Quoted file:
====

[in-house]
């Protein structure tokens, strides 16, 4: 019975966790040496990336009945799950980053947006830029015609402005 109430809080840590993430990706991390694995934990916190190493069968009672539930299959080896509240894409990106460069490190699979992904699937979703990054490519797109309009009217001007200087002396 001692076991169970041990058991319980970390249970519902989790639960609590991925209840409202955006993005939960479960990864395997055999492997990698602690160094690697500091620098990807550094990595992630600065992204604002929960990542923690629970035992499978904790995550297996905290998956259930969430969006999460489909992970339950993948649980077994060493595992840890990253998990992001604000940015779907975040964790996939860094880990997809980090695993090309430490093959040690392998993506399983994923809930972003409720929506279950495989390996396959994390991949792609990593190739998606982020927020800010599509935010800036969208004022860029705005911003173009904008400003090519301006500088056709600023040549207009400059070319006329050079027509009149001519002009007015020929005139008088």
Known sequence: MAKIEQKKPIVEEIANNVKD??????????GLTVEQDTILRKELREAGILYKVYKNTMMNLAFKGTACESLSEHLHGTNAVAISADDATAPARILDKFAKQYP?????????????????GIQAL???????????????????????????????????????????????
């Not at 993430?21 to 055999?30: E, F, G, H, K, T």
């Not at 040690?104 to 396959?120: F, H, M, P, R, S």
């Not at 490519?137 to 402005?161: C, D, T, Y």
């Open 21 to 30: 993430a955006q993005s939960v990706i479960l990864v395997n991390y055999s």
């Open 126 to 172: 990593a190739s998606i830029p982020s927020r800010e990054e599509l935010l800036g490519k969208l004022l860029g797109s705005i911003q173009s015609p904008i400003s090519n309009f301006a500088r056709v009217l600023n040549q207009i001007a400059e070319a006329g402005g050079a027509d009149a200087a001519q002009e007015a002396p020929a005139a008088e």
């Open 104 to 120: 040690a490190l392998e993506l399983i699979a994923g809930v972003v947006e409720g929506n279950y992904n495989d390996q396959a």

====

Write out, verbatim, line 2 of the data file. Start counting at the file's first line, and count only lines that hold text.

């Protein structure tokens, strides 16, 4: 019975966790040496990336009945799950980053947006830029015609402005 109430809080840590993430990706991390694995934990916190190493069968009672539930299959080896509240894409990106460069490190699979992904699937979703990054490519797109309009009217001007200087002396 001692076991169970041990058991319980970390249970519902989790639960609590991925209840409202955006993005939960479960990864395997055999492997990698602690160094690697500091620098990807550094990595992630600065992204604002929960990542923690629970035992499978904790995550297996905290998956259930969430969006999460489909992970339950993948649980077994060493595992840890990253998990992001604000940015779907975040964790996939860094880990997809980090695993090309430490093959040690392998993506399983994923809930972003409720929506279950495989390996396959994390991949792609990593190739998606982020927020800010599509935010800036969208004022860029705005911003173009904008400003090519301006500088056709600023040549207009400059070319006329050079027509009149001519002009007015020929005139008088």